Selecting a right kind of a chart is one of the toughest tasks. While struggling with these kinds of problems, I've found a chart called “Bullet Chart”.
It’s a perfect chart to use when you need to present single point target Vs. Achievement.
According to Wikipedia:
A bullet graph is a variation of a bar graph developed by Stephen Few. Seemingly inspired by the traditional thermometer charts and progress bars found in many dashboards, the bullet graph serves as a replacement for dashboard gauges and meters.
And in today’s post, I’m going to share with you how to make a bullet chart in Excel using simple steps.
...so let’s get started.
Components of a Bullet Chart
Mainly a bullet chart has three components.
#1. Target Marker:
A marker to represent the target. In above example, I have used 90% as target. You can change the value as per your requirement.
#2. Achievement Bar:
A single achievement bar to represent the actual value. This bar should have a solid color & little bit narrow than comparison range color bars.
#3. Comparison Range:
A comparison range of a color theme to use at the background of achievement bar. The main idea to use this range is to create a comparison for achievement, like stages.
4 Simple Steps to Create a Bullet Chart in Excel
- First four values are for comparison range.
- Achievement value is for achievement bar.
- Target is for target marker.
As I mentioned above, we have three main components in a bullet chart. So, you need to split the entire process into parts.
The steps to create a bullet chart in Excel is a little bit lengthy. But, once you understand the entire process you’ll able to create it in seconds.
Step-1. Insert a Column Chart
To create a bullet chart you need to insert a 2-D cluster column chart and here are the steps for this.
- First of all, select your data and insert a 2-D cluster column chart from insert tab.
- You’ll get all six data values in your chart, like this.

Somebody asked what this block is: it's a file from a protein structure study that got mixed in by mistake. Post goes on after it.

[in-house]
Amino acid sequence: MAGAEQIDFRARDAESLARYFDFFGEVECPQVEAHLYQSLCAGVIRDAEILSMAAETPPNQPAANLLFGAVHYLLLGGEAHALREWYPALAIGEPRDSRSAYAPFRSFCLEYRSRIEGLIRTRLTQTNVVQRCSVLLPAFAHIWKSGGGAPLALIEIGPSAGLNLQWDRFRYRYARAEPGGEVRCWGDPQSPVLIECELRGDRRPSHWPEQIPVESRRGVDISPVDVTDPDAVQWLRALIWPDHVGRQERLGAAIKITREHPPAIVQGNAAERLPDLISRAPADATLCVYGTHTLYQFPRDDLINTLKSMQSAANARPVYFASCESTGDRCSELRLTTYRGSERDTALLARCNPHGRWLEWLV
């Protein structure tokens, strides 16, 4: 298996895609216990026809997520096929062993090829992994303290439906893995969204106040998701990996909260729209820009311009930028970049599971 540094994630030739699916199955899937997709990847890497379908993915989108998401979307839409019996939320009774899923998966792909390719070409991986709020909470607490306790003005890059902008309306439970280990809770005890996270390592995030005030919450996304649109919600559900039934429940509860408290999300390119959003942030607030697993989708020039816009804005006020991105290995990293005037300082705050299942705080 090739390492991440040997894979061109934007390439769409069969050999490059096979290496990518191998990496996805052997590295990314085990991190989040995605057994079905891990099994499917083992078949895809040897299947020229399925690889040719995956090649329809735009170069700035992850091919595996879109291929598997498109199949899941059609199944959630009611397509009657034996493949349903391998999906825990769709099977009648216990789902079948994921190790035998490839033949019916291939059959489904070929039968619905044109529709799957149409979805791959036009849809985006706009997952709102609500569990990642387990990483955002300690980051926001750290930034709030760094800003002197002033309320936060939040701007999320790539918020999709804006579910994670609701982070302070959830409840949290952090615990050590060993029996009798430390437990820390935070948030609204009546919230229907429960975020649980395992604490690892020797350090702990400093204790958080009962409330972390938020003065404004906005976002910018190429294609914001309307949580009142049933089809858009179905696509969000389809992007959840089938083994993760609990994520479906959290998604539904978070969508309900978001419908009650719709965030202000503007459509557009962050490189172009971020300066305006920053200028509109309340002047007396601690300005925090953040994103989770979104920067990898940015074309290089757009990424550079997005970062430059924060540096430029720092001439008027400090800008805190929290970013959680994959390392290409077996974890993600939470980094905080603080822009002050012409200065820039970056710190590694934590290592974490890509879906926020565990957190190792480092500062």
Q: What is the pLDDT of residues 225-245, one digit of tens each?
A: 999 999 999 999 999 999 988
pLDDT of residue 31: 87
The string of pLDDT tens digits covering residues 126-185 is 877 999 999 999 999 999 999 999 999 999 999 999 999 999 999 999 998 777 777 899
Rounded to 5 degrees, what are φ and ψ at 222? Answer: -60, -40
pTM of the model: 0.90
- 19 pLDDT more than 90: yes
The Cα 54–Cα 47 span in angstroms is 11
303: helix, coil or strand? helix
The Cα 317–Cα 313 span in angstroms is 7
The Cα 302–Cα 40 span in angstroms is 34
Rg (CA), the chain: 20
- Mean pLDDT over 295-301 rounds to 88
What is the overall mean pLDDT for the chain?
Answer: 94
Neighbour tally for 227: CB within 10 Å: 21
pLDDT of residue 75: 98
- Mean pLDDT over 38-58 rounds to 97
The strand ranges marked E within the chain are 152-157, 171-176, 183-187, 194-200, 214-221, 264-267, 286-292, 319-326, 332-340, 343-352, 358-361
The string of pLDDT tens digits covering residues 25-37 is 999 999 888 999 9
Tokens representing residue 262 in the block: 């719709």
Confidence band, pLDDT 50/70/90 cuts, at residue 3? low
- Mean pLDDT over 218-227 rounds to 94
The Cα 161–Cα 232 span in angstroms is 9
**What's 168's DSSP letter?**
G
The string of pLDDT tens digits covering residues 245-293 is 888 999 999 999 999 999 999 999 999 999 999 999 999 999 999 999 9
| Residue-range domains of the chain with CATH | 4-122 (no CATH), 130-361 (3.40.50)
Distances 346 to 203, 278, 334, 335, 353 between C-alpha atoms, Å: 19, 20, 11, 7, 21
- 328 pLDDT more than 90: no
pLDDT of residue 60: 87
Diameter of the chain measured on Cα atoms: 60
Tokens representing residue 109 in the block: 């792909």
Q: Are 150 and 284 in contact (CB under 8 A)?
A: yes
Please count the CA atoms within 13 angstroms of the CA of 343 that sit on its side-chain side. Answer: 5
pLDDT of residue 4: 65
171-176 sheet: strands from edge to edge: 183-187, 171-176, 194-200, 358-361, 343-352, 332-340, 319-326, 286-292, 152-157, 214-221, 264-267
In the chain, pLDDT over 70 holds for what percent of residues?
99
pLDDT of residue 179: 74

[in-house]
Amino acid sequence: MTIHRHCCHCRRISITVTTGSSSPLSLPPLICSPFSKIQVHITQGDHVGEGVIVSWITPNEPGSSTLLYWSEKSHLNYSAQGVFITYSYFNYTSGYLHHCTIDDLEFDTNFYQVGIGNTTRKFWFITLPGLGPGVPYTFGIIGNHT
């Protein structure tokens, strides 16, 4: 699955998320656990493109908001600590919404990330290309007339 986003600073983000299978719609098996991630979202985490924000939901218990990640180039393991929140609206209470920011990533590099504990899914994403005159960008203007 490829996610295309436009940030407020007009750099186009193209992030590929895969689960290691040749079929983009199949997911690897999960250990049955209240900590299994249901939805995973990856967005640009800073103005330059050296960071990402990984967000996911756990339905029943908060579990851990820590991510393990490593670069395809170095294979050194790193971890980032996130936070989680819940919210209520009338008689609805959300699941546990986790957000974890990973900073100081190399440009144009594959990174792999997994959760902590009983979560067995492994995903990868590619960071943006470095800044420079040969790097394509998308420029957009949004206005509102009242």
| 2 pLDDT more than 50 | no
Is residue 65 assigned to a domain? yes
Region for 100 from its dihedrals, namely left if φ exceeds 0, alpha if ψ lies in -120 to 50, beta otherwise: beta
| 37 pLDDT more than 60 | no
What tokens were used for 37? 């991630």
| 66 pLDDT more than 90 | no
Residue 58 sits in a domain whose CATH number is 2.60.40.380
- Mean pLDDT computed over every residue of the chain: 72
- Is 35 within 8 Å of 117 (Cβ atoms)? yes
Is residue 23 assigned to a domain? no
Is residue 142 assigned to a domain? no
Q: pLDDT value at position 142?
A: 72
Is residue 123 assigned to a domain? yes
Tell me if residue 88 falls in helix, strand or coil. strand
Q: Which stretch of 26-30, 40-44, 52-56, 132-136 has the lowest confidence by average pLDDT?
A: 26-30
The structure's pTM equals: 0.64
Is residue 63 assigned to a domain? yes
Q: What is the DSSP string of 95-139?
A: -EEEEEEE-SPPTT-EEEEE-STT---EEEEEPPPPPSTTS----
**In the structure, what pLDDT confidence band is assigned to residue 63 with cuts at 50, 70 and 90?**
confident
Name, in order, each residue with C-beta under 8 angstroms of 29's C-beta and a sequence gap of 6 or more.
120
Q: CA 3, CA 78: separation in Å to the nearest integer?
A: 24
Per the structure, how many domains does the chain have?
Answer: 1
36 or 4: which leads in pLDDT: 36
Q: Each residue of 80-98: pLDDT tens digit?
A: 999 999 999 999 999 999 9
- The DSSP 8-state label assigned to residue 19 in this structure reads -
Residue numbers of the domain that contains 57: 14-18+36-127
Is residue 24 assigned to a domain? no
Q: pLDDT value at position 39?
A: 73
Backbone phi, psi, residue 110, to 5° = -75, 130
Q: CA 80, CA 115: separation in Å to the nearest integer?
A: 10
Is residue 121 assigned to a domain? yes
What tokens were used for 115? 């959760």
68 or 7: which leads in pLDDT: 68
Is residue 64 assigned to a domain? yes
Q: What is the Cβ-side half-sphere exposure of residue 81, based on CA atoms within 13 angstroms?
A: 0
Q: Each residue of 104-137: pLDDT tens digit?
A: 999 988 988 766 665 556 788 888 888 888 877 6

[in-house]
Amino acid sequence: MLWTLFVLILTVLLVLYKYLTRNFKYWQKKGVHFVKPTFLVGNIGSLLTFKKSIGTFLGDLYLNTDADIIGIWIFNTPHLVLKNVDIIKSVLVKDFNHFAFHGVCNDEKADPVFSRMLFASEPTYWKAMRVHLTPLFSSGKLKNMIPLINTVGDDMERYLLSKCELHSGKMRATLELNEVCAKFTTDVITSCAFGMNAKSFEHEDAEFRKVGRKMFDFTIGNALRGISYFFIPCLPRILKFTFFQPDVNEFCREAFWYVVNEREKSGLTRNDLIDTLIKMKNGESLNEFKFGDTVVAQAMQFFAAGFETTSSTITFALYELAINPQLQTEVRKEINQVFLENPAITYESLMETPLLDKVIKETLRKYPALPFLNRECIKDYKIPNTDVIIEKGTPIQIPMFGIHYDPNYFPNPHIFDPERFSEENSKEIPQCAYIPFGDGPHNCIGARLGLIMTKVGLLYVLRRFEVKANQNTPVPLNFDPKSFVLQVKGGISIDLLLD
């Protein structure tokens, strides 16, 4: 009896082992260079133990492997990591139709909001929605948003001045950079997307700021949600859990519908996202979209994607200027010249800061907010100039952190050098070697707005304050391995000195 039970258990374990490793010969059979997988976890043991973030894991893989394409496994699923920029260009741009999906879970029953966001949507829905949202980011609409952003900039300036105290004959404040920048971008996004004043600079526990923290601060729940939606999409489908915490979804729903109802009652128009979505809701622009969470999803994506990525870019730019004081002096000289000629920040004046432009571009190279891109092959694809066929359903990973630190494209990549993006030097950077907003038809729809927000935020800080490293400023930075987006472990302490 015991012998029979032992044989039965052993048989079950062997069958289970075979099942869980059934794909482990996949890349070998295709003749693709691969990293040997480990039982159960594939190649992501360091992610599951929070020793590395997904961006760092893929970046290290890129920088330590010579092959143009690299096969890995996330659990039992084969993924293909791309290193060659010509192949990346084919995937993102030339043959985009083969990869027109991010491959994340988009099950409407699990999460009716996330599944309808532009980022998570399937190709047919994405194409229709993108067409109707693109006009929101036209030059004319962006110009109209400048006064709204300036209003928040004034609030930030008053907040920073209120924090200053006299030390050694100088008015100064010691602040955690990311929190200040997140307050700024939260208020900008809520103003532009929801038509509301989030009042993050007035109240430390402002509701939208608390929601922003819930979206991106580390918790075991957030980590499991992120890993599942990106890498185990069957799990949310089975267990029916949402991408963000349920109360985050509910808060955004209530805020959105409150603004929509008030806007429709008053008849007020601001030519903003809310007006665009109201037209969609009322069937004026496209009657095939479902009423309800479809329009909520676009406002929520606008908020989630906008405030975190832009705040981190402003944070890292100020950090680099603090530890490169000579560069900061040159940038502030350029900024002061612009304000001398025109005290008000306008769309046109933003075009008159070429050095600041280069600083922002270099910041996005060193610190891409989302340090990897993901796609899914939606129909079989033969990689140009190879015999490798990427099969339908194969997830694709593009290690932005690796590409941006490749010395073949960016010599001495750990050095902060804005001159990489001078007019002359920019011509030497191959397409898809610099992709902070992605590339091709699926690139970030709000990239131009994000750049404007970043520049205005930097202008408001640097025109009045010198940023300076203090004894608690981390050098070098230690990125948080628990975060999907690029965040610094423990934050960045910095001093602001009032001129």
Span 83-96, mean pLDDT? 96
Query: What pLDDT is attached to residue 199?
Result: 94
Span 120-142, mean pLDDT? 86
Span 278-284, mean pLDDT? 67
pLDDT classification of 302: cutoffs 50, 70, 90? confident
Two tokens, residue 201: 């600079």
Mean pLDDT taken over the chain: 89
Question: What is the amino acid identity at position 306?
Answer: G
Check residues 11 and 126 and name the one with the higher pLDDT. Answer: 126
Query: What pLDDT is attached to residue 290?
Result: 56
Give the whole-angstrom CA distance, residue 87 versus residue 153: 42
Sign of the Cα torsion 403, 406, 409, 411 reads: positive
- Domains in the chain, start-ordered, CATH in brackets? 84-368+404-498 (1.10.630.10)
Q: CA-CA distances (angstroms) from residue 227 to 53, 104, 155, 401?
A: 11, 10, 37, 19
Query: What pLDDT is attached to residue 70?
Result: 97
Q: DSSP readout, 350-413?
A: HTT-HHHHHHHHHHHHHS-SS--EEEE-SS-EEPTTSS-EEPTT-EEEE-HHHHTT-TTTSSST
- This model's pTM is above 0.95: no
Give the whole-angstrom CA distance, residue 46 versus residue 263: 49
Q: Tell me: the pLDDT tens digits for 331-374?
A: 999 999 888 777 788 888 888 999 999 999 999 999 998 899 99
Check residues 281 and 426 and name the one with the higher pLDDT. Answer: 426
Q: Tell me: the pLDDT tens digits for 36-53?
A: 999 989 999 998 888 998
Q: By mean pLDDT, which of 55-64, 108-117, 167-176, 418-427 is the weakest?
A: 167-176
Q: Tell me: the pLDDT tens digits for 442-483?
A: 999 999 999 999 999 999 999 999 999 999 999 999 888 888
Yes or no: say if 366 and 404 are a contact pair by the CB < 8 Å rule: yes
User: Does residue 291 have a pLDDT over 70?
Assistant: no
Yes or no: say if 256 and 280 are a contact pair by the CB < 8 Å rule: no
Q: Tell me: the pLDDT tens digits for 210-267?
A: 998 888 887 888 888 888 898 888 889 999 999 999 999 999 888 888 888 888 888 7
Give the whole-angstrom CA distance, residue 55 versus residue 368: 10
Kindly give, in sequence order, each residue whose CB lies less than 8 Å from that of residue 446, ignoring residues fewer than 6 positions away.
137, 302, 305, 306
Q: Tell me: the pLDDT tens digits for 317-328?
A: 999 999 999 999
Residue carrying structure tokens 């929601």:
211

- After that, you need to swap the data in the chart. Select your chart and click on “Switch Row/Column”.
- Make sure to have maximum axis values equals to 100%.
- Now, you have a chart like below.
- Now, let’s get into the next step and create a target marker.
Step-2. Make a Target Marker
Now, you need to create a target marker which will look like a small horizontal line.
Here are the steps.
- First of all, you have to select your target bar. (But, the chart is totally messed-up right now and it’s hard to select the target bar).
Here is the trick: Select your chart and from format options use this drop down to select target value.
- Now, go to design tab and click on change chart type.
- Change chart type for target value to line chart with marker and tick secondary axis for it.
- At this point, you have a small dot in your chart for the target.
Now from here do the following things.
- Select that dot and change the marker to a rectangular bar.
- Change marker size to 20.
- Use a solid color for fill (like black).
- No line for the border.
- Delete the secondary axis.
At this point, you have a chart like above and next, you need to make some changes to add an achievement bar.
Step-3. Create Achievement Bar
You need to create an achievement bar with a solid color to represent the current achievement against the target.
Use below steps.
- Select the achievement bar like you have selected the target bar using drop-down in format options.
- Now, go to series options and select secondary axis.
- Change gap width to 500% for now.
- And, use a solid color for achievement bar as a fill (like black or dark blue).
Your bullet chart is almost ready now you just need to add a color theme for comparison range.
Step-4. Make Comparison Range
- Make sure the width of your marker is more than the achievement bar. So that when you have more achievement than the target marker, it will show in right manner.
- Always use solid colors for achievement bar and target marker.
- Use different shades of single color for comparison range.
- You can also use the same technique to create a horizontal bullet chart. You just have to replace column chart with bar chart.
About the Author
Puneet is using Excel since his college days. He helped thousands of people to understand the power of the spreadsheets and learn Microsoft Excel. You can ﬁnd him online, tweeting about Excel, on a running track, or sometimes hiking up a mountain.